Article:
Wednesday, December 26, 2007

The Exchange Rate of Whiteness

I'm back from Colorado (with little, but not no, difficulty), and while on the plane I finished Emory History Professor Eric Goldstein's The Price of Whiteness: Jews, Race, and the American Identity (Princeton UP, 2006) (I don't know which is worse -- that I originally started reading it in July of 2006 as part of a three book set, the goal seeing which I'd finish first -- or that it came in second). Anyway, delay notwithstanding, it was very, very good.

Goldstein examines the way Jews in American history (from about the post-Civil War era to after WWII, with an epilogue dealing with the present day) a) thought of Blacks, b) conceptualized themselves as a "race", and c) identified as White. It really covers a lot of ground, and aptly demonstrates the ambivalence and discomfort Jews had in being labeled as "White." On the one hand, they wanted to access privileges and status that Whiteness entailed (not the least of which is not being subjected to the vicious discrimination and violence that American Blacks faced as a matter of course). On the other hand, Jews worried that assimilating too much into Whiteness would threaten their own cultural distinctiveness. Moreover, the Jewish relationship with Whiteness was always tempered by their own ethical and historical commitment to Black Americans, whom they often saw as brother sufferers with experiences that mirrored their own oppression in Europe. Casting their lot with White America meant adopting the mantle of the very persecutors they fled from to the United States.

But after finishing the book, there was a further observation I had that I found very intriguing. The phenomena of groups "becoming" White (the Irish, Italians, Jews, etc.) is not at all unknown or novel. Most scholars of race, as far as I've seen, have associated this "Whitening" with a simultaneous divergence of the incorporated group's interests with those of Black Americans. Indeed, often times, enthusiastically buying into anti-Black discrimination was a way for groups to prove their Whiteness bona fides. The Irish, for example, were staunch supporters of Black equality in Ireland, but in the United States they rapidly became one of the most anti-Black groups in all the country. And as they became more firmly entrenched as White, the formerly distinct groups adopted the interests of their new racial category and -- generally speaking -- effectively ceased to care about the plight or standing of African-Americans.

But Goldstein's book seems to demonstrate that Jews didn't quite fit this pattern. In fact, the "Whiter" Jews got, the more likely they were to press for Black equality. Tracking the oscillations in Jewish "Whiteness" in the little less than a century between the Civil War and World War II, Jews exhibited the most racism when their status as White persons was threatened. Undoubtedly, this was to avoid falling out of Whiteness entirely and being grouped with Blacks, which would demolish whatever social, economic, and political gains the Jewish community had managed to achieve for itself. But when Jewish Whiteness stabilized, Jews would swing back towards loud, prominent, and passionate advocacy for Black rights. In fact, Goldstein notes that Jewish Whiteness has today become so entrenched that Jews are actively fleeing from it -- specifically disassociating themselves from Whiteness and launching a whole new wave of engagement with the Black community. Contrary to popular belief, and despite the emergence of a small but vocal "neo-conservative" Jewish movement, Jews of the 1960s and 70s became noticeably more likely to identify with and work for "Black" causes than their generational predecessors -- at least in part, it seems, in reaction their discomfort with being seen as 100% White.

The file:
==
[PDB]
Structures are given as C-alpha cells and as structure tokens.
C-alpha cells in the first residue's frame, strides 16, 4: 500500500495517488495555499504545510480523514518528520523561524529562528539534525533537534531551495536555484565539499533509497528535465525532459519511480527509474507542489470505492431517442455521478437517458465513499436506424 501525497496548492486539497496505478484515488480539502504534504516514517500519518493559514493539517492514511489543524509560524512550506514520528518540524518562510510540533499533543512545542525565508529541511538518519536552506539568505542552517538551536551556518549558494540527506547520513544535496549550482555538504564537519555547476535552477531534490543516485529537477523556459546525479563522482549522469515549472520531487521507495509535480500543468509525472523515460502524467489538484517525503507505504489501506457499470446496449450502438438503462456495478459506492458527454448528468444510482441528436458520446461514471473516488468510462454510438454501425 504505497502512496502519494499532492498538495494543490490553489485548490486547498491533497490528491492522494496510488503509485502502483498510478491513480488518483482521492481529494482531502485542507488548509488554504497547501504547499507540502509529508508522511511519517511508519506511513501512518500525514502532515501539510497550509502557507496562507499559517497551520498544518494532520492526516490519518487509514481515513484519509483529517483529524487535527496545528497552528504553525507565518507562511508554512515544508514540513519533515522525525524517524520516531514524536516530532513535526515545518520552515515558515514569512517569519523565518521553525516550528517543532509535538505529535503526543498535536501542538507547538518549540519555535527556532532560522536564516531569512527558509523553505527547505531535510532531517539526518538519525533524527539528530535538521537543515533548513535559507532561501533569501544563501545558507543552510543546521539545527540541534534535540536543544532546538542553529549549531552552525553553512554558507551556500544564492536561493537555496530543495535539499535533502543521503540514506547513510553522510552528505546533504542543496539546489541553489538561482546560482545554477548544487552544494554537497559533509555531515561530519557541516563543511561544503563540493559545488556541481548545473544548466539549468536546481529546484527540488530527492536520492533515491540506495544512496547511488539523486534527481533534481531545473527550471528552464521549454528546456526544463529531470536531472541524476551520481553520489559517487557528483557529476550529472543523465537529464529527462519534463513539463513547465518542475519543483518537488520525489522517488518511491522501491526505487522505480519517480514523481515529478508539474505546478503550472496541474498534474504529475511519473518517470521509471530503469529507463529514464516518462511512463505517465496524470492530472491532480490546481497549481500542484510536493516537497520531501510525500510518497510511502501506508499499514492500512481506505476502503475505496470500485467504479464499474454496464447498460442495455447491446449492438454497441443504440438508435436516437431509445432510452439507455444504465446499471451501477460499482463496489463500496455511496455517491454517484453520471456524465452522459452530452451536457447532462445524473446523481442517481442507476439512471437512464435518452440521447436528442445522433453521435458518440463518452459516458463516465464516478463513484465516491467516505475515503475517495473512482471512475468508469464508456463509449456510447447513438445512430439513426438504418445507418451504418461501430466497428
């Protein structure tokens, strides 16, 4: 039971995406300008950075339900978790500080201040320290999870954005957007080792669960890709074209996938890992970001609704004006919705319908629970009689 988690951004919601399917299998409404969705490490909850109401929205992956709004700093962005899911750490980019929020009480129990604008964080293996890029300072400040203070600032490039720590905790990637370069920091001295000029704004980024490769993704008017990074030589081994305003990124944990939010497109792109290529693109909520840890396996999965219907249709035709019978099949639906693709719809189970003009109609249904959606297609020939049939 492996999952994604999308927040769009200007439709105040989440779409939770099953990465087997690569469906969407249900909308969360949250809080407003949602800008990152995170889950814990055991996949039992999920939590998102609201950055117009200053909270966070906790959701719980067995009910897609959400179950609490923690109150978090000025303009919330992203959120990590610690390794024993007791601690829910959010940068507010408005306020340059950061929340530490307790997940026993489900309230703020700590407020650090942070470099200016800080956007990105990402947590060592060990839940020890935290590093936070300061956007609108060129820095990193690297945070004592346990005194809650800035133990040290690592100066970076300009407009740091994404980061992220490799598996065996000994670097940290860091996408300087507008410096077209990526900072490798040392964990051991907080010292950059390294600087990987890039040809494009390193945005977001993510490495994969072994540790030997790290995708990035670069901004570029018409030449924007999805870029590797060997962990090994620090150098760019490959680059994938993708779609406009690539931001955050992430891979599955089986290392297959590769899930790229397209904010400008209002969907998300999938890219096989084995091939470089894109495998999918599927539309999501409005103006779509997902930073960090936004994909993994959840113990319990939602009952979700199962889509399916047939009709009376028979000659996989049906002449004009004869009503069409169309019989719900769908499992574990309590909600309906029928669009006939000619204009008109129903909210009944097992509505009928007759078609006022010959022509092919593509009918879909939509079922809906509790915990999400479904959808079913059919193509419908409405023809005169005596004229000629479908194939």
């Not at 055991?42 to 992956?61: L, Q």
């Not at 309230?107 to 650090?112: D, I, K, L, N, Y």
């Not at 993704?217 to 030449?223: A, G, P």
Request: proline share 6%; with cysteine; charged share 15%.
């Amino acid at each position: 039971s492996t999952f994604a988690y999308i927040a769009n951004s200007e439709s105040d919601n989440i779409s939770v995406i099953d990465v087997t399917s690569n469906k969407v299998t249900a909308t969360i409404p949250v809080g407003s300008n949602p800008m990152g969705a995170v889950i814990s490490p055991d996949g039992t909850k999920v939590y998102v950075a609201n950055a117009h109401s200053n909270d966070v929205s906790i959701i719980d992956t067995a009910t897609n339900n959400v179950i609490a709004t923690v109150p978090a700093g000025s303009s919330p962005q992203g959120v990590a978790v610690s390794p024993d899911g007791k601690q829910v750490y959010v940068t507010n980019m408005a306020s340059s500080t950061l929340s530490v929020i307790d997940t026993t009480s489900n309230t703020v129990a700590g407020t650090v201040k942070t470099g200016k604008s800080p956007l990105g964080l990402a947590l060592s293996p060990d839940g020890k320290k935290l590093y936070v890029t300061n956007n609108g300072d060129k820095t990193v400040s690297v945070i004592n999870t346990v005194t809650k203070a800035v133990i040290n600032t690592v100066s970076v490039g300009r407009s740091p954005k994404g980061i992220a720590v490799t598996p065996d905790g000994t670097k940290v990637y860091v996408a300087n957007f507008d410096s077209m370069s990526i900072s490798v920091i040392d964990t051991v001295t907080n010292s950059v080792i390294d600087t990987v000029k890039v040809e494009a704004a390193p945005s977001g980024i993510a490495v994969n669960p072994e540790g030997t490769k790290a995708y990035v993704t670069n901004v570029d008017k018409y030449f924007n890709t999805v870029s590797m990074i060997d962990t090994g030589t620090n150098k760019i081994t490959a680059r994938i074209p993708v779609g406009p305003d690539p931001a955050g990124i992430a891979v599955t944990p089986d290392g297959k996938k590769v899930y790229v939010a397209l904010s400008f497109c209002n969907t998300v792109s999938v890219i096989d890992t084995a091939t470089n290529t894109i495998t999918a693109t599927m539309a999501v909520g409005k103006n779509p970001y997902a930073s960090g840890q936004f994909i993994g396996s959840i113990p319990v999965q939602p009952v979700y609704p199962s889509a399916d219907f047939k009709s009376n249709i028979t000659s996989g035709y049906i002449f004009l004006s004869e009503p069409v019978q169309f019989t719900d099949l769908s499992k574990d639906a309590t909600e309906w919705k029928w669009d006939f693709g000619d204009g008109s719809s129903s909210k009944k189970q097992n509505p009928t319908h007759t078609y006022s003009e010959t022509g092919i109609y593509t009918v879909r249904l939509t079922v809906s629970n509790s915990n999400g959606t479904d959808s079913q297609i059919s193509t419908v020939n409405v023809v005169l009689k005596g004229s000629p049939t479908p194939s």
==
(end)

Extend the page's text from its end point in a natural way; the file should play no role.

What does this imply? First, it shows that Whiteness is a powerful draw for dispossessed groups, particularly when the alternative place in the hierarchy is so starkly presented. Even otherwise sympathetic or allied groups, such as Jews, can abandon their Black comrades if solidarity means risking falling to the bottom of the racial pile. But on the flip-side, it demonstrates that Whiteness does not have to be all encompassing. "White" groups can still see it in their interests to act outside the stereotypical White interest of maintaining White supremacy. Indeed, White groups can sometimes see it as in their interest to "flee" from Whiteness, if they view it as threatening other important aspects of their identity (such as social distinctiveness or solidarity with the dispossessed). And perhaps more importantly, it demonstrates that the very ascertainment of Whiteness can provide the social cushion for sympathetic groups to work with their marginalized brethren without fear and thus subvert the racial system from the inside. Once Jews became unambiguously White, they could freely advocate for Black interests without fear (or at least, with reduced fear) that their work would lead to a revival of anti-Semitic oppression and murder. Being at the top of the racial hierarchy, with access to all the privileges that entailed, gave Jews the opportunity to let their ethical commitments shine through, rather than having to only look out for themselves. It's tough to behave selflessly when you're one step away from an Inquisition. Those with power at least have the capacity to use it for good.